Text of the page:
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Honey and Rosh Hashanah – How Sweet It Is!

 

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Ever notice the emphasis on honey for Rosh Hashanah?  We slop honey onto apples, honey on challah, bake honey into cookies and cakes.  Everyone will tell you it’s for a “Good Sweet Year.”

Will ingesting tons of honey change my fate in the coming year? (I don’t know, but I’m certainly game to test the theory!) Well, at least it will remind me to be a sweeter person, and maybe that will earn the blessings I need to help me along.  In fact, pulling down that kind of spiritual aid is precisely the purpose of some remarkable little gastric Rosh Hashanah customs.  Funny how even the foods we eat, rivet our attention to our ultimate goals.

There are certain foods called simanim—literally signs or indicators—that are meant to point the way to improved circumstances.  Traditional Jews make it a point to eat these special foods (that include spinach, leeks, gourds, cabbage, carrots, pomegranates and dates), preceded by a heartfelt prayer connected to the character of the food.  There’s even a custom to pray that in the coming year we will be at the head, rather than at the tail end, of good fortune.  Not to gross you out or anything, the siman for this is consuming (or at least nibbling) the cooked head of something: fish and lamb are popular choices.  To my mind, pickled tongue qualifies for this benefit.  Hey, it’s part of the head, isn’t it?  And just a tad more appetizing.

Some of the most fascinating simanim are based on word play.  A generation ago, Jews in the Ukraine fed their children chicken livers on Rosh Hashanah because the Yiddish word for livers, leberlach, is homophonous with leb ehrlich, “live honestly.”  Typically Jewish, isn’t it?  Even a kiddie snack is a lesson in ethics!  And then there is the more contemporary creative “custom” (although I am not sure how widely practiced this is) of combining raisins, lettuce and celery, with the heartfelt wish: “Lettuce have a raisin celery.”

Colorful food customs like these come from every corner of the Diaspora, and below is a recipe for sweet carrot salad (hot link) one dish that includes 3 simanim.  It’s fun to be creative and see how many of these foods you can work into your meal.  I’ve been told by a quasi-serious rabbinic authority that it’s OK to improvise your own simanim, too.  So how about ending your Rosh Hashanah meal with a really light, low-calorie dessert, accompanied by the solemn wish, “May the empty calories we eat this year be null and void; may they be like the dust of the earth, and evaporate like dew in the desert!”

Recipe:

Sweet Carrot Salad (Featuring the Simanim: Carrots, Cabbage and Honey)

Honey: The ultimate sweetener to sweeten up the coming year!  There’s another reason for honey, too.  The numerical equivalent for honey (dvash) is 306, the same as Av Harachamim, a term for G-d, “Father of Mercy.”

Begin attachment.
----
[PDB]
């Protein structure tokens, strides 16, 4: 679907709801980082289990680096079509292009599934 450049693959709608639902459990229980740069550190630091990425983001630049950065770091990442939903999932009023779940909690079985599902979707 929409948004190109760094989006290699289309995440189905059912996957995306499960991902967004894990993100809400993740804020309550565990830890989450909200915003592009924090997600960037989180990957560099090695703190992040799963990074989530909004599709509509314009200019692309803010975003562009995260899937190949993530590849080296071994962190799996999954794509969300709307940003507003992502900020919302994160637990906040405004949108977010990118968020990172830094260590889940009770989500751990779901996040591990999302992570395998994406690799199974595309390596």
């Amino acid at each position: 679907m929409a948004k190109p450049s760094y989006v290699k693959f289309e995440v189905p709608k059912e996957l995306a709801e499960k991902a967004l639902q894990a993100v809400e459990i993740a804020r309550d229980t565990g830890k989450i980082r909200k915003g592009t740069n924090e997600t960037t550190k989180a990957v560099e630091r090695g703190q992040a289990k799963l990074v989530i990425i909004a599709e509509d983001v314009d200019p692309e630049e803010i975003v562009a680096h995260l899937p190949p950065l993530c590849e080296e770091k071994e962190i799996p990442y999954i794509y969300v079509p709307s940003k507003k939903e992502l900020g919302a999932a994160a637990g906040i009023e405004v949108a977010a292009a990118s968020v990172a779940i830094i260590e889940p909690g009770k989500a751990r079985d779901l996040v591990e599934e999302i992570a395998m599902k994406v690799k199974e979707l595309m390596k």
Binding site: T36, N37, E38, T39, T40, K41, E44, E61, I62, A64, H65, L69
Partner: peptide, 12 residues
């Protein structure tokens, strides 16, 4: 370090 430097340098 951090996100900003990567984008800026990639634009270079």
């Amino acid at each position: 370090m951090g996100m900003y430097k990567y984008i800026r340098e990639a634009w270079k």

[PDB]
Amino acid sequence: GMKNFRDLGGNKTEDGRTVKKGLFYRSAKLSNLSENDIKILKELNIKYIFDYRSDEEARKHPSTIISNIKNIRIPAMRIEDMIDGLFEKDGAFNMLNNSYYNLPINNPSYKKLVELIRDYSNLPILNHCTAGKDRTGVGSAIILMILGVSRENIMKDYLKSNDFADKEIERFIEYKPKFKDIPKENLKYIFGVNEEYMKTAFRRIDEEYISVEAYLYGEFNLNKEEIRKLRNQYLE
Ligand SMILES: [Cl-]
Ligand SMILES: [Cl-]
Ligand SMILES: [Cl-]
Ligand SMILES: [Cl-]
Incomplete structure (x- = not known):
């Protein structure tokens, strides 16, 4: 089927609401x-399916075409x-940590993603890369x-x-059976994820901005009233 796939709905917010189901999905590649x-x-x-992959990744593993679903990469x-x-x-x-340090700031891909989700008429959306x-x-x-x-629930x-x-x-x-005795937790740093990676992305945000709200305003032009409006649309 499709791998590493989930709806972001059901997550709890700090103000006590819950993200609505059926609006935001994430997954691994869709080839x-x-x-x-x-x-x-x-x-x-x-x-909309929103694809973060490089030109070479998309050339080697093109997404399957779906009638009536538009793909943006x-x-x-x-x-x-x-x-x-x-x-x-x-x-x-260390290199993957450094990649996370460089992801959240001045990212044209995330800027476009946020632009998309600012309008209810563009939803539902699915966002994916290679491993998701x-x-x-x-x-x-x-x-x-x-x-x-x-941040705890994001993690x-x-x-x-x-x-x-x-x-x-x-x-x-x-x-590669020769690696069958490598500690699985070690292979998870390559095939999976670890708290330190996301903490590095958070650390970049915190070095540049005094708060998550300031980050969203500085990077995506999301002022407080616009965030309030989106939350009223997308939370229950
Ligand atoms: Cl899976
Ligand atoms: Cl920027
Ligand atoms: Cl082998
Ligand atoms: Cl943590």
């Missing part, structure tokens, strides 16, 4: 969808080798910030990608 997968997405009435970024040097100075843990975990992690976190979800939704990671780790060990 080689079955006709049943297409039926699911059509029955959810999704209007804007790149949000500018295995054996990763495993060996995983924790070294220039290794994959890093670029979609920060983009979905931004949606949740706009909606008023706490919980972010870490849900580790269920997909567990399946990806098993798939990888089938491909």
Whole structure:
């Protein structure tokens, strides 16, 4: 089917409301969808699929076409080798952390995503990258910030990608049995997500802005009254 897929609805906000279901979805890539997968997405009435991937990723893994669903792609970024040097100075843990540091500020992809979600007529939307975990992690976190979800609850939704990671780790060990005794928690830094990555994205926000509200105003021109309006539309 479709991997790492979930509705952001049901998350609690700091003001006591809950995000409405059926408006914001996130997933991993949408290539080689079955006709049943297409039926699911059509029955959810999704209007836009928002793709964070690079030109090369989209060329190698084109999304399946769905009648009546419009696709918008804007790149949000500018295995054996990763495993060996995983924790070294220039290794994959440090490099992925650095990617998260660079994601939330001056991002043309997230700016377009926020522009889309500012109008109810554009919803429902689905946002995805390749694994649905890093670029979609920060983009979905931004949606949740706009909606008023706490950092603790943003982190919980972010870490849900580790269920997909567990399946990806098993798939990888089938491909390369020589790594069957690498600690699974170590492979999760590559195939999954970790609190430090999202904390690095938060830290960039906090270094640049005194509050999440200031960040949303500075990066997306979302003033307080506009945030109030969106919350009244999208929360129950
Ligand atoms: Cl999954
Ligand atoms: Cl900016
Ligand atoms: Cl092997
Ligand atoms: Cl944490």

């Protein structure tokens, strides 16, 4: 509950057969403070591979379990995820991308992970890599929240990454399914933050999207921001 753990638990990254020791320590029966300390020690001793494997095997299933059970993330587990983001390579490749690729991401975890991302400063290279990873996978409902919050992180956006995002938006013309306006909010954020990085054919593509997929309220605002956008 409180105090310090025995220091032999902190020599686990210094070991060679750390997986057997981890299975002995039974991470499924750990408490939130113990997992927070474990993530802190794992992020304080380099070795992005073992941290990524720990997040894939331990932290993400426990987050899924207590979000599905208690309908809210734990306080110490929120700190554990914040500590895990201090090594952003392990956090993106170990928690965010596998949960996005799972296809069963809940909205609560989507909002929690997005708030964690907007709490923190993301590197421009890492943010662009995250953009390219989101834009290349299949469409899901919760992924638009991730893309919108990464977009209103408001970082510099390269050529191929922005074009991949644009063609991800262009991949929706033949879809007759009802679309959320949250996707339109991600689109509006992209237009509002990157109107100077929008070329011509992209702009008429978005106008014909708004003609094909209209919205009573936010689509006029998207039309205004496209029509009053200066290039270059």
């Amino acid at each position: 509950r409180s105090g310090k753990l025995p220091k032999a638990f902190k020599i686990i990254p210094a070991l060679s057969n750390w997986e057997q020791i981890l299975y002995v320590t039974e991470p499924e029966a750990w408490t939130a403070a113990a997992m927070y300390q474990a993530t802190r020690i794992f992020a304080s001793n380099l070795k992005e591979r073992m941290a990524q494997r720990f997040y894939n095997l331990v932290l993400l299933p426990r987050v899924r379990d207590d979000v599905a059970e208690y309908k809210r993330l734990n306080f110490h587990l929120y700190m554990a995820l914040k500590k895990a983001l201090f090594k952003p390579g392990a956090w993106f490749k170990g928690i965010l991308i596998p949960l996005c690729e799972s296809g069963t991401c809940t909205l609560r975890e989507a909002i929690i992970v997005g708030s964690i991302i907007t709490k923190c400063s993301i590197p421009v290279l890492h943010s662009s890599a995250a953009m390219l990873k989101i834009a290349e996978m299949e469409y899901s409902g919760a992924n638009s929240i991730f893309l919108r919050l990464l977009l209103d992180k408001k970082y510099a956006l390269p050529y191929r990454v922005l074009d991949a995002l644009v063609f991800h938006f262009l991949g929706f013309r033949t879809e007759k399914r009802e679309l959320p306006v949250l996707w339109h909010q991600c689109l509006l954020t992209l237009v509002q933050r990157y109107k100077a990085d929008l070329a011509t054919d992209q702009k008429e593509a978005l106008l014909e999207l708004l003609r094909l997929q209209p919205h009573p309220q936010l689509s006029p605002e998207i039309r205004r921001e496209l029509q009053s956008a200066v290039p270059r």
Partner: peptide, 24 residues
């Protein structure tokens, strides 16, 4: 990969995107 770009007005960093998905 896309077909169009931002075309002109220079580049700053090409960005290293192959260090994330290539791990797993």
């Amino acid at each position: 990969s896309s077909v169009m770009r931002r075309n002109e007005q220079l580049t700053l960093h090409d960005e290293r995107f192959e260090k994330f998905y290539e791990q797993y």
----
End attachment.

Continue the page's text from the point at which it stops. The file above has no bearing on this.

Carrots: There are two symbolic meanings for carrots, depending on whether you think in Hebrew or in Yiddish!  The Hebrew word (gezer) is similar to gezerah, decree, as in “may You decree only good decrees for us.”  In Yiddish, the term for carrots (mehren) means, “to increase,” for we are hoping for an abundance of merits and blessings.

Cabbage and Leeks: The Hebrew terms (kruv & kreishah) resemble another word meaning, “decimate.”  The symbolism is, “may those who want to harm us be decimated.”

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About Jamie Geller

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Jamie Geller is the only best-selling cookbook author who wants to get you out of the kitchen – not because she doesn’t love food – but because she has tons to do. As “The Bride Who Knew Nothing” Jamie found her niche specializing in fast, fresh, family recipes. Now the "Queen of Kosher" (CBS) and the "Jewish Rachael Ray" (New York Times), she's the creative force behind JoyofKosher.com and "Joy of Kosher with Jamie Geller" magazine . Jamie and her hubby live in Israel with their five busy kids who give her plenty of reasons to get out of the kitchen - quickly. Check out her new book, "Joy of Kosher: Fast, Fresh Family Recipes."

 

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2 Responses to Honey and Rosh Hashanah – How Sweet It Is!

  1. your recipes look great! in the one for the birsket in wine sauce , instrction number 6 is to make a foil “tent” over meat and number 7 is to bake uncovered!! i am confused!
    thanks, and shan tova.
    beverly druck

    • avatar says: Jamie

      Beverly – sorry for the confusion. That is what we call in the culinary world a major TYPO. You should bake it covered. We are correcting the mistake on the recipe. Thank you So much for your comments and keep ‘em coming. Shana Tova to you and yours and kit! Jamie Geller

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